The under-shield of the car was sprayed with Alclad Aqua Gloss - I didn't wanted it to glossy but I rather wanted to preserve that silver aluminum matte effect achieved by mistake a couple days ago. I have masked the areas to remain silver with Tamiya masking tape and sprayed everything else with Rust-oleum satin black, one of my all-time favorite paints (for that kind of job that is). Believe me or not, it was only now that I realized that the two funnels are actually part of the attack fender / diffuser. I kept them silver, against better judgement, of course, just to fool around with some more CF, this time over silver undercoat (to follow):


Cheers!
Gabriel
Joel_W
_VISITCOMMUNITY
New York, United States
Joined: December 04, 2010
KitMaker: 8,923 posts
Auto Modeler: 390 posts
Posted: Thursday, November 29, 2018 - 04:12 AM UTC
Gabriel,
I'm totally confused. Where did the gloss black paint job come from? Is that the base under the Copper or another build?

Joel
Szmann
_VISITCOMMUNITY
Netherlands Antilles
Joined: September 02, 2014
KitMaker: 992 posts
Auto Modeler: 398 posts
Posted: Wednesday, November 28, 2018 - 02:37 PM UTC

Quoted Text


Gabriel,
I'm thinking about trying to print some decals myself, including CF ones. All I have is regular HP InkJet printer. Might start googling decal printing, and see what I can come up with.



There are a few very good YT demos, and Will Pattison has a very good one, if you can stand his ranting. The reason why I just bought my laser printer is because I failed miserably the attempt to print my decals with my jet printer(s). Not only that the ink is washable, but the consistency of decal paper is somewhat jelly like and it stretches to some extent. The best use I ever found for white decal paper was white piping for auto models. The Micro Sol literally "melts" it down and no thickness to speak of remains - they really look "painted on" after clear coating. But please do't look at my experience as being the definitive one - I gave up too early - I've seen other guys that achieved good results - most likely it was my lack of patience and practical knowledge.

Talking about practical knowledge: even after more than a model completed, I still am prone to self-inflicted disasters like the following one:

UPDATE: ups and downs
The etching of the surface of the plastic during stripping was quite bad, as you can see on this underside of the engine compartment cover:


That side it's going to be invisible anyhow, but not the top. I sanded the top with 600 grit sandpaper, followed by 2000 Tamiya sanding sponge. finally I applied a hefty coat of Mr. Surfacer 1200, thinned just enough to pass thru my a/b at 20 psi. The intention here was to use Mr. Surfacer as filler rather than primer. It went on smooth and after some more sanding with 2000 grit, the surface is almost restored completely. (The picture shows the part before the sanding of the primer).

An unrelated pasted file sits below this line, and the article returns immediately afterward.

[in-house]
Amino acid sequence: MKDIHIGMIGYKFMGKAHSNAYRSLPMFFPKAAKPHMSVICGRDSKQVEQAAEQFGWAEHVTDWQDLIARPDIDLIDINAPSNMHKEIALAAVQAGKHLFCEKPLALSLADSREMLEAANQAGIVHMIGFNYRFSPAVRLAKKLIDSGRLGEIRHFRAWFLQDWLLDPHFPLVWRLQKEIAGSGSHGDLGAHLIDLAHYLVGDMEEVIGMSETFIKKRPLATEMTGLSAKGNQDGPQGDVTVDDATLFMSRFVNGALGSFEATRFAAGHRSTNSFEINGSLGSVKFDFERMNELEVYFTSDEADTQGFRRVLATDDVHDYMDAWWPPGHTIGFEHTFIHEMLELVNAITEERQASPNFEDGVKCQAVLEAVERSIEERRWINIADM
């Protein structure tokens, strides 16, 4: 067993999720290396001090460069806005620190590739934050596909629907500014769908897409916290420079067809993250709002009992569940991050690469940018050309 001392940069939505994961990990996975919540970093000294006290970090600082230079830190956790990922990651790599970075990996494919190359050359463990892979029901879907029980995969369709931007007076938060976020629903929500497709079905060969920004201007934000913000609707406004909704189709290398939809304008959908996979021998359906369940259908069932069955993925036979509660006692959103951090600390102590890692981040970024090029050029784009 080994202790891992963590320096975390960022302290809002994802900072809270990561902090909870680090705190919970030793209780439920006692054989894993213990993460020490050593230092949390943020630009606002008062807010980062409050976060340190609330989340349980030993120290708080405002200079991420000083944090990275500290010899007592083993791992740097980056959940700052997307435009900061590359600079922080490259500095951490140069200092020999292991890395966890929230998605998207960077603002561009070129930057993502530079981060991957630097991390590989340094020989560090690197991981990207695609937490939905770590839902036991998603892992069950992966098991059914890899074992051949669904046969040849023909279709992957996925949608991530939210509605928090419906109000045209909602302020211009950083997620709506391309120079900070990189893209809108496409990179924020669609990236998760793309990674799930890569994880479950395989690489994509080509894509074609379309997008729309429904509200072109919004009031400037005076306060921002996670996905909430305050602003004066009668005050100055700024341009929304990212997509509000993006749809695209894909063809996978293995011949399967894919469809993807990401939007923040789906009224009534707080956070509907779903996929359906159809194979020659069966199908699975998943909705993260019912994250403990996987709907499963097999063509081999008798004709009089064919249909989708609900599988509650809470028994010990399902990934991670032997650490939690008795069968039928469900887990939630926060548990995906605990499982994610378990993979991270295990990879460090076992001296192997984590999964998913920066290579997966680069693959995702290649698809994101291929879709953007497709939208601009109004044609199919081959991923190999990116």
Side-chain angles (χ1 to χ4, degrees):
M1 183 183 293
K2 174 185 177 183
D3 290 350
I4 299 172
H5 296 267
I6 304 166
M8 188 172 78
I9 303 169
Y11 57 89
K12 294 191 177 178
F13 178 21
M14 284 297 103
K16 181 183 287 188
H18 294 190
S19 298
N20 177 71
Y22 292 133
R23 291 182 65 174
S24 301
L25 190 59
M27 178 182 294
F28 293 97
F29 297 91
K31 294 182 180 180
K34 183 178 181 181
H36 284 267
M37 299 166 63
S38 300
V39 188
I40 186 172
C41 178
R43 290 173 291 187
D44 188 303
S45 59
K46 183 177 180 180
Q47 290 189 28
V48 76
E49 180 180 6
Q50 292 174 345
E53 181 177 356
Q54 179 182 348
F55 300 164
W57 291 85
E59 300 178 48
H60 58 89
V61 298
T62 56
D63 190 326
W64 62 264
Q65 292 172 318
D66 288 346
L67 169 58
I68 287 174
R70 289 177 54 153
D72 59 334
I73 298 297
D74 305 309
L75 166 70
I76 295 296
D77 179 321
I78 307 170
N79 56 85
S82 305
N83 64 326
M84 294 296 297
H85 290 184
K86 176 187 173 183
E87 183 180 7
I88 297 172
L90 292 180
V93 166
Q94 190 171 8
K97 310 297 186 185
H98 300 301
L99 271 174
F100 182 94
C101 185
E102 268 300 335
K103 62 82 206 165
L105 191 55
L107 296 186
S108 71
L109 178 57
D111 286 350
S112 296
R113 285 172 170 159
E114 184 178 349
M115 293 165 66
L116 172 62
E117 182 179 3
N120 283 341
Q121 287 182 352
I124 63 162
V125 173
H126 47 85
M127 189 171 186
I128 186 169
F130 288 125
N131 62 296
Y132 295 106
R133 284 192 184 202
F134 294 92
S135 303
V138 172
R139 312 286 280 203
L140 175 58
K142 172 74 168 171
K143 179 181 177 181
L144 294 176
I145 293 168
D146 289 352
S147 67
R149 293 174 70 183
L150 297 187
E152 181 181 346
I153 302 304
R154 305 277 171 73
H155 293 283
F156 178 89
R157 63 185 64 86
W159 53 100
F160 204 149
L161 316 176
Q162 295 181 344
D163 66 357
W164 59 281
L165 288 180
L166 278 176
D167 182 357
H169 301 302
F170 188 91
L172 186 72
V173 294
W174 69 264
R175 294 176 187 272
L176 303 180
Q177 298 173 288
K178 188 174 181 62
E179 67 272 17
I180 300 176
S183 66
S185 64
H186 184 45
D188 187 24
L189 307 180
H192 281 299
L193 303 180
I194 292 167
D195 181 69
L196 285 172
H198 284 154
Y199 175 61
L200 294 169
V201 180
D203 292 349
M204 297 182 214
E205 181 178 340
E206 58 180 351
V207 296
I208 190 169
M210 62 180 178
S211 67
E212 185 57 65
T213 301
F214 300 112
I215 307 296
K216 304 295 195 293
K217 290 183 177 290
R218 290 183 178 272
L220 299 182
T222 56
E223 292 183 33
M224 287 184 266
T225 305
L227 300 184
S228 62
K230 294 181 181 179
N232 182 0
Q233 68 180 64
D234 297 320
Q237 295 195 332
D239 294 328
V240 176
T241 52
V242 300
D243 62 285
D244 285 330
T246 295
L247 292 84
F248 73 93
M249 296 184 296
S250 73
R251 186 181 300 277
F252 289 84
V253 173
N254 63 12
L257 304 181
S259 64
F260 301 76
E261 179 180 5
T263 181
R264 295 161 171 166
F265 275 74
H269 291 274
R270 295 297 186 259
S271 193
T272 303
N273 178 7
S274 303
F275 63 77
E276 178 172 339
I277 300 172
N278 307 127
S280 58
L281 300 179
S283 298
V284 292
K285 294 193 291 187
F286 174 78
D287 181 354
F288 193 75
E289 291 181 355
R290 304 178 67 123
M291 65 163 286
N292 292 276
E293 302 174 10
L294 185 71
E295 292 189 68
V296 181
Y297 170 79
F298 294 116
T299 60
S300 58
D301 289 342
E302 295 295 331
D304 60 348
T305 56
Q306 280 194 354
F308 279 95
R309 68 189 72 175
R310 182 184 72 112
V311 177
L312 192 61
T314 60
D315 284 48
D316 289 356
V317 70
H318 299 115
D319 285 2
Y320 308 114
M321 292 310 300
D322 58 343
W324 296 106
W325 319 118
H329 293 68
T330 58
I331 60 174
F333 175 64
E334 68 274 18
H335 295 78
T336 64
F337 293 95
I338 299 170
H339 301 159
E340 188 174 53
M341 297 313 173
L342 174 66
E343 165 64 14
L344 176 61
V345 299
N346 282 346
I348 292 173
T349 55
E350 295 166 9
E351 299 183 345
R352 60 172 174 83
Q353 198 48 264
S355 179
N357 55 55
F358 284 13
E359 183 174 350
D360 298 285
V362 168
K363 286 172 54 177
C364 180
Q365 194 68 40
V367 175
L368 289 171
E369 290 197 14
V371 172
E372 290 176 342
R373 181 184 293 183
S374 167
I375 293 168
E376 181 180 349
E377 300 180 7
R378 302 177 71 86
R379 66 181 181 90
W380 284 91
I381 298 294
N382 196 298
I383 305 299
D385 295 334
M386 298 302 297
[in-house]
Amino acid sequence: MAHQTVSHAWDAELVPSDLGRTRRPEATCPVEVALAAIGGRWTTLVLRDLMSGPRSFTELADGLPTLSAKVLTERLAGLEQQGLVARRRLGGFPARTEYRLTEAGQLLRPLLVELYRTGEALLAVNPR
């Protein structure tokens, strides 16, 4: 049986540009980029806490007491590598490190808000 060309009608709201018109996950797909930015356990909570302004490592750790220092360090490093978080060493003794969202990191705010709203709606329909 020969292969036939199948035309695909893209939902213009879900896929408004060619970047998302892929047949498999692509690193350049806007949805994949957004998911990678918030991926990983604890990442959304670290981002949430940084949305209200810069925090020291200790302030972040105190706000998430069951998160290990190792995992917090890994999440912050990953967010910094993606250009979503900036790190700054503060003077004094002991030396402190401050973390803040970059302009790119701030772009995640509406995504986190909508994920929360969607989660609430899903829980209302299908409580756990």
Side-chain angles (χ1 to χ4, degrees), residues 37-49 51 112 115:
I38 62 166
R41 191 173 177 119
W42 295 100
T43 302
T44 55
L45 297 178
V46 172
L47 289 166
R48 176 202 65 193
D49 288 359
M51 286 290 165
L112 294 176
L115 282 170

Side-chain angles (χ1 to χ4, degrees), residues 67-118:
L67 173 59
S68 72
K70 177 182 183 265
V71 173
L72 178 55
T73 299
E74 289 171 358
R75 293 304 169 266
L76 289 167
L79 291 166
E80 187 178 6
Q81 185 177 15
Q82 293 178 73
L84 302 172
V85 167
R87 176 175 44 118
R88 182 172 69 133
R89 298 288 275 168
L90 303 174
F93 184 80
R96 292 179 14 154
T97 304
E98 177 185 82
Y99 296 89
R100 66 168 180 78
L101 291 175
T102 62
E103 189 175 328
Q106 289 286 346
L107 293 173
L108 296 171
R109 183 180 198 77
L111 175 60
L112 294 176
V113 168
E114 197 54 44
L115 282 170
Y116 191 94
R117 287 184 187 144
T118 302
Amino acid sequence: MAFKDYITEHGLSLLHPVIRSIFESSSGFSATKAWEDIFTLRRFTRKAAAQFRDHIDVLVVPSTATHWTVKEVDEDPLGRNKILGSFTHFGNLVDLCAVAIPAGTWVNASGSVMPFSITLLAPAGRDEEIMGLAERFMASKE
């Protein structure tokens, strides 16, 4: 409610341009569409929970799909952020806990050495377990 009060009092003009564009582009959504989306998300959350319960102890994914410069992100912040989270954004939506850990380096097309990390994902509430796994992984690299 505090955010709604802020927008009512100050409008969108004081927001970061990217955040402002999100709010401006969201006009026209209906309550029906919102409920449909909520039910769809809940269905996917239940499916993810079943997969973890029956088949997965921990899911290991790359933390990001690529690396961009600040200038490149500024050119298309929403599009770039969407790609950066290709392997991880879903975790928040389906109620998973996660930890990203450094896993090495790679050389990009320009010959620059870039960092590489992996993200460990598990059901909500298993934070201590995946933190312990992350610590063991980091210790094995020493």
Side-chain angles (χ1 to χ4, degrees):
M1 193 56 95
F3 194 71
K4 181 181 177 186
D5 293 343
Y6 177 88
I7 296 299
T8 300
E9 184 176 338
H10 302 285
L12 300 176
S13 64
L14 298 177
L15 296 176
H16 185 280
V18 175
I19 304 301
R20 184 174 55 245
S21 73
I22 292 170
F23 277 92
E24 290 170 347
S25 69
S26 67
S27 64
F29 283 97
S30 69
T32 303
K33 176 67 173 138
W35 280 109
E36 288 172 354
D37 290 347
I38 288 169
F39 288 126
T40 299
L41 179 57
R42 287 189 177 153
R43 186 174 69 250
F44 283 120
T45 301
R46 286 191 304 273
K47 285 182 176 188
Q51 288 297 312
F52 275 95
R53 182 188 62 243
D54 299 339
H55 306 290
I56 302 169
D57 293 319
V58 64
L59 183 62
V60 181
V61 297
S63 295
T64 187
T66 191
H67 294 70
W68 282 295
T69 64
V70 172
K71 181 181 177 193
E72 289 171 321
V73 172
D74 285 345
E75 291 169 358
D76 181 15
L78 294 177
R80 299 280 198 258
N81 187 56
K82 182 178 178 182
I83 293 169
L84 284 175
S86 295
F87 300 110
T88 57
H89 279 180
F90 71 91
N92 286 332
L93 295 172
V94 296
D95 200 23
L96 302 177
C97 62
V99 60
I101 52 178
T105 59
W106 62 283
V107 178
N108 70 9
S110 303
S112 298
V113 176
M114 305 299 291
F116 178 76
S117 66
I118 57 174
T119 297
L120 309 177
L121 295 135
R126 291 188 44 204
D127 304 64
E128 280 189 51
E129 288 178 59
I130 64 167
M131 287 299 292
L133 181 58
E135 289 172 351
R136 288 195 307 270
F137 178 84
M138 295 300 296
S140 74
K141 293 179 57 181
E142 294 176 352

.
I prepared the body again by sanding slightly the entire surface with 3000 grit sponge, getting rid of all imperfections in the process:


I masked off the areas over which I intended to lay CF decals later:


And these were the ups. The downs came after:
No the best paint job ever, but I had worst ones Again, my last coat failed - after the second coat, my paint job was looking much more uniform, although not as glossy as this one:



The drama starts only here: I delayed unintentionally the removal of the masks and I pulled off the paint because it was almost dry and the adhesion over 2K very poor:


On the other side is slightly better, but still bad:


What to do now?...
Well, my best guess is that the situation actually is better than it looks. Based on my previous tests, TCP paint sands pretty well and easy. If I manage to taper down smoothly the ripped off edges, I can spray easily the running boards with the same black paint and that is that. The only question mark is if the adhesion of the paint over 2K is good enough to allow me that or it's just going to peel off... to be seen after 48 hrs - I need a well cured paint if I want a good sanding!

Cheers!
Gabriel
Joel_W
_VISITCOMMUNITY
New York, United States
Joined: December 04, 2010
KitMaker: 8,923 posts
Auto Modeler: 390 posts
Posted: Wednesday, November 28, 2018 - 04:59 AM UTC

Quoted Text


Quoted Text

Gabriel
Your home made CF decals in both cases came out perfect. Application wise, the 2nd one looks more in scale.

And see, you did go back to fix an issue rather then just moving on, as almost no one would have even noticed the scale issue.

Joel



Well, I know what you mean. But my answer here is yes and no.

On the detached piece it looks good enough from the firs try, but when attached to the whole assembly, the size of the fiber would have popped out big time. It would have had the same width like a cowboy's buckle belt
Besides, when I printed the pattern, I printed the whole A4 sheet so I said I better waste another five minutes to scale down the entire pattern to save countless minutes in the following builds. Perhaps if I do only inserts or textile patterns on the seats, a whole sheet is a 5-6 models reserve.

Gabriel




Gabriel,
I'm thinking about trying to print some decals myself, including CF ones. All I have is regular HP InkJet printer. Might start googling decal printing, and see what I can come up with.

Joel